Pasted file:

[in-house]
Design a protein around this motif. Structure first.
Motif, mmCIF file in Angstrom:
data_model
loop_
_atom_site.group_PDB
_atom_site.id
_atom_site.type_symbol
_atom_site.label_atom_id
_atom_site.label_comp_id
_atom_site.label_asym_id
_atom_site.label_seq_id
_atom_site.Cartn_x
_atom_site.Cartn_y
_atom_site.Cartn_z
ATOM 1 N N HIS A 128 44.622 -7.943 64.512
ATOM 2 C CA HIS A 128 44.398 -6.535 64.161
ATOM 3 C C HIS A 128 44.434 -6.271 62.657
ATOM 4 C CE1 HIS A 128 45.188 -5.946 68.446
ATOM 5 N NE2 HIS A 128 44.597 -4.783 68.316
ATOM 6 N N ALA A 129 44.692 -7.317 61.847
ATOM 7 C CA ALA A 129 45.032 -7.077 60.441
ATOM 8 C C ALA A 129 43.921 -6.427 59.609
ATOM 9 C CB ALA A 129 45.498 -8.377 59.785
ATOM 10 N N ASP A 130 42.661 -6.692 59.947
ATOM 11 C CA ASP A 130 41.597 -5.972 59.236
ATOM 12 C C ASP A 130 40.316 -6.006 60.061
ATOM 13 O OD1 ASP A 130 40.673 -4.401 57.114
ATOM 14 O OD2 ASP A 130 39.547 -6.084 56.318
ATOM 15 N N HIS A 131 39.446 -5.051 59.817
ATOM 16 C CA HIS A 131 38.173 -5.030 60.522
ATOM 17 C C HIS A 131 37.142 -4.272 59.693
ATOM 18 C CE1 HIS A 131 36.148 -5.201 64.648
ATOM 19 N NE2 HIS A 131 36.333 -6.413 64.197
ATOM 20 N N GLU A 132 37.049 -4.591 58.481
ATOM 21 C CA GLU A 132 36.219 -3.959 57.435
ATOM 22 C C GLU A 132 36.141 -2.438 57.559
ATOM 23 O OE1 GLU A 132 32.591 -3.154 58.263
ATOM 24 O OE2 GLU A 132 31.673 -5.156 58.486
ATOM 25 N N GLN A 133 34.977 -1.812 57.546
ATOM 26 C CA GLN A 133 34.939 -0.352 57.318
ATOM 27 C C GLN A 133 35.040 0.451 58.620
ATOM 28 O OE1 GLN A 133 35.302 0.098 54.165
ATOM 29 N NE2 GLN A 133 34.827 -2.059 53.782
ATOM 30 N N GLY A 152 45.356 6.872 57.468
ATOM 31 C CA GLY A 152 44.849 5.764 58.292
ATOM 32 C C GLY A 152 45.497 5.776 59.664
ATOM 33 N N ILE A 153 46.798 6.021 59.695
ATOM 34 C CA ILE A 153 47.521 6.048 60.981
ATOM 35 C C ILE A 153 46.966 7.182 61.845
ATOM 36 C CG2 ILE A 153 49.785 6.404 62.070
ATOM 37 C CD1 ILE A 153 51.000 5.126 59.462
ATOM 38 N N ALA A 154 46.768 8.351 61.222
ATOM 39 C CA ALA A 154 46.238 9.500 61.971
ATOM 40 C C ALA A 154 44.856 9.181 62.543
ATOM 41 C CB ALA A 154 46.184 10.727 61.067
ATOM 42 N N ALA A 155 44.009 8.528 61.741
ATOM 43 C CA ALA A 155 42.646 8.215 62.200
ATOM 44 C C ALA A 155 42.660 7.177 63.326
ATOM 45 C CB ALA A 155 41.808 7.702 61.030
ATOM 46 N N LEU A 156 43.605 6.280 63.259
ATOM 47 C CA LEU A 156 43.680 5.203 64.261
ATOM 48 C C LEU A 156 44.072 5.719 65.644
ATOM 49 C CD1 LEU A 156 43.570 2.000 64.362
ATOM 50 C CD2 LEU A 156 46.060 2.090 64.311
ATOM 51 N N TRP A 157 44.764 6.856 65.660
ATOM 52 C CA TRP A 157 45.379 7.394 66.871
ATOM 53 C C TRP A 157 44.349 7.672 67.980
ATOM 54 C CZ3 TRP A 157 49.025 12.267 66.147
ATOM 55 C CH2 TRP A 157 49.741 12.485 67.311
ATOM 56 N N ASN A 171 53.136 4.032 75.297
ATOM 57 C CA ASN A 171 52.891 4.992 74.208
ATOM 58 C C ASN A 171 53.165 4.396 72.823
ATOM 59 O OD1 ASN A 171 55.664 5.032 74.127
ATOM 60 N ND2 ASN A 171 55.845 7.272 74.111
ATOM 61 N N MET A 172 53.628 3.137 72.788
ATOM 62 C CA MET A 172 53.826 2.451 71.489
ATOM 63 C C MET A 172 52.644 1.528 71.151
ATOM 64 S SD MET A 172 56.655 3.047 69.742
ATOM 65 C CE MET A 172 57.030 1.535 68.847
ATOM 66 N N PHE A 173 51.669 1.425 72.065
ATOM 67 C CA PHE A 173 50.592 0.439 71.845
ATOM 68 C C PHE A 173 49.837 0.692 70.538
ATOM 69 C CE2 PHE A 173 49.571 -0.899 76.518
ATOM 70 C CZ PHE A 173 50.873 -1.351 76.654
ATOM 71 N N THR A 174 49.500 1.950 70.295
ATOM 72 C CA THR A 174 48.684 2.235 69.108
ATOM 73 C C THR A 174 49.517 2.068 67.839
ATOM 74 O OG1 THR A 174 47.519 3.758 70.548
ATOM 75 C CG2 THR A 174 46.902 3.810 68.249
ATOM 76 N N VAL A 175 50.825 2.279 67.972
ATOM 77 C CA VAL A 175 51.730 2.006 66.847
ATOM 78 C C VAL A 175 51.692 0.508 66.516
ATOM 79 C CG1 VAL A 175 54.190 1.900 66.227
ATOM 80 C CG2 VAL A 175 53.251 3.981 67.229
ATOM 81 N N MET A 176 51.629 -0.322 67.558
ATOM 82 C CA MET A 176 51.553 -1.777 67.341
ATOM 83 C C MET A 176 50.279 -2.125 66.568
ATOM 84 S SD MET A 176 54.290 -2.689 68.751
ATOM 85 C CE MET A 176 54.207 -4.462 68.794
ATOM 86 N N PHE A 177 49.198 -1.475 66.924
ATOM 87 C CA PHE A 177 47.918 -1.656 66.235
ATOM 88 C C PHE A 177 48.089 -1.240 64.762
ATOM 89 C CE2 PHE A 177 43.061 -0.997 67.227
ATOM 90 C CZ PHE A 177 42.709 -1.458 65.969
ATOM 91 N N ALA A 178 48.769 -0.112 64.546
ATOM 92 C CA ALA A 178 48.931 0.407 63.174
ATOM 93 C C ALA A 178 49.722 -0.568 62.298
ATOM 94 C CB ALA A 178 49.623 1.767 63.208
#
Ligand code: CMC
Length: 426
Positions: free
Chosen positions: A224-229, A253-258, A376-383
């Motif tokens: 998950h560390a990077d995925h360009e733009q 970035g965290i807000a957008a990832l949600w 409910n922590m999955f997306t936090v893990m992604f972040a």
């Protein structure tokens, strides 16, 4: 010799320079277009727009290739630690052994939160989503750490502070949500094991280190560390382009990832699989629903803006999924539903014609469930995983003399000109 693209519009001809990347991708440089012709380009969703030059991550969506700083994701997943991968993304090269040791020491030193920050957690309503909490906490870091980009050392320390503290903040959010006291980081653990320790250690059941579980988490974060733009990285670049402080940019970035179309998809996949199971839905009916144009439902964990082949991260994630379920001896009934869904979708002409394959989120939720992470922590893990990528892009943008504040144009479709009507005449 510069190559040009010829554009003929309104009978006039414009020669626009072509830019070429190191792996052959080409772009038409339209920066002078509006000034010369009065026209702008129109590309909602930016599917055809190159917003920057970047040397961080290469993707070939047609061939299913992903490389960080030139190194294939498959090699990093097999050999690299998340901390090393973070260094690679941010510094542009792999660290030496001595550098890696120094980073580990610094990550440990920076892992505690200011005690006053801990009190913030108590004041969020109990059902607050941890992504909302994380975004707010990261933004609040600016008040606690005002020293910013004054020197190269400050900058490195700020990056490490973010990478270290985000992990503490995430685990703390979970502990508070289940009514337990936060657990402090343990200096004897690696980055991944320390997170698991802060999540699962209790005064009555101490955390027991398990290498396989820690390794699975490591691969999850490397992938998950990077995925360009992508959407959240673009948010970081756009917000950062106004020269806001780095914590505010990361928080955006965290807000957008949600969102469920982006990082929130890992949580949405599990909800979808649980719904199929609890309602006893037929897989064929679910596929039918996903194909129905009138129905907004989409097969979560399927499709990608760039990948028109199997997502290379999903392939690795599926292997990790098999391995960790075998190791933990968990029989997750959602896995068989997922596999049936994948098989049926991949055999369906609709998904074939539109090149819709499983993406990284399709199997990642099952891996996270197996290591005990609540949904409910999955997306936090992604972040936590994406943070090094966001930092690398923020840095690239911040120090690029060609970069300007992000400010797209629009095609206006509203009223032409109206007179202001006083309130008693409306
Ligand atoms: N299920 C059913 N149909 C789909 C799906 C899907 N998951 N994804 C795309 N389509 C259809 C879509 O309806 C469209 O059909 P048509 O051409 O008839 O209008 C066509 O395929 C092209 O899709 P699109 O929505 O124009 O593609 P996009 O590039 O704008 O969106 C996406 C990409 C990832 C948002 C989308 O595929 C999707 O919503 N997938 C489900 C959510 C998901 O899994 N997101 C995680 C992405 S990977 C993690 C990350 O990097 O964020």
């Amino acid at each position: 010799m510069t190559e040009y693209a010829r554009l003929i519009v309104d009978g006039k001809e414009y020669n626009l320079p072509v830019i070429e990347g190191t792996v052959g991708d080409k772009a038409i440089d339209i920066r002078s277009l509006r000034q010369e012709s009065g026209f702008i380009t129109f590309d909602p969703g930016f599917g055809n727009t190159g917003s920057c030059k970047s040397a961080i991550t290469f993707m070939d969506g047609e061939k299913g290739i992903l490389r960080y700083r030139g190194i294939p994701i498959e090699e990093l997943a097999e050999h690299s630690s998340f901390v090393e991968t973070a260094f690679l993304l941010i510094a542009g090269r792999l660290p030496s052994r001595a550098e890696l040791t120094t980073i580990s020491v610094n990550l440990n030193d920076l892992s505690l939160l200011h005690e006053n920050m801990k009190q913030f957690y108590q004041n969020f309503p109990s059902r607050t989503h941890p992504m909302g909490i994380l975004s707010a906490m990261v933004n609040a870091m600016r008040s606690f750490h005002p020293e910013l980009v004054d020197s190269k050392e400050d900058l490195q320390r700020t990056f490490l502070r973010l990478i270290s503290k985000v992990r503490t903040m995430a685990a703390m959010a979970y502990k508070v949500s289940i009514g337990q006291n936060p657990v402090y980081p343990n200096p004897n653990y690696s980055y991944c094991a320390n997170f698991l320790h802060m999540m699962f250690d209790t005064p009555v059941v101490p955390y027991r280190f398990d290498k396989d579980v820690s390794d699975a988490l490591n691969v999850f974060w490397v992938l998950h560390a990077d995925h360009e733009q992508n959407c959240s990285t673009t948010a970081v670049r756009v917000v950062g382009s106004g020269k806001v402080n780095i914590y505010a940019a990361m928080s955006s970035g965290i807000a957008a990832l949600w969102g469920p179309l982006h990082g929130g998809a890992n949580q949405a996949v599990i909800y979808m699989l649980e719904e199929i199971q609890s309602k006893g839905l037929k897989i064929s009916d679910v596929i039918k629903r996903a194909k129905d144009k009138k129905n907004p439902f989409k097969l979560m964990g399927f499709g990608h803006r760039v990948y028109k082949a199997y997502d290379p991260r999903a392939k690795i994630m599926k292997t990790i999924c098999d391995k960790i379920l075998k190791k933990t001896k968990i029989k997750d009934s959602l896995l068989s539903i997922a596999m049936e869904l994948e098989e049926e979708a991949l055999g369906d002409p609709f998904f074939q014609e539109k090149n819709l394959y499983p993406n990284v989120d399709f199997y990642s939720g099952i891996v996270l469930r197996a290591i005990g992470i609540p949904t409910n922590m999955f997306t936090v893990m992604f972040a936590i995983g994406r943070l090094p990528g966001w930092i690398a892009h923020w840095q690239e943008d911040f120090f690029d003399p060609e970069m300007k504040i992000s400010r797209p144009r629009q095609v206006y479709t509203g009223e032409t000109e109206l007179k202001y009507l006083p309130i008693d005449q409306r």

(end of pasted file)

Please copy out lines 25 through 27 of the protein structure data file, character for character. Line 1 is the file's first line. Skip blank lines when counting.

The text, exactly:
ATOM 10 N N ASP A 130 42.661 -6.692 59.947
ATOM 11 C CA ASP A 130 41.597 -5.972 59.236
ATOM 12 C C ASP A 130 40.316 -6.006 60.061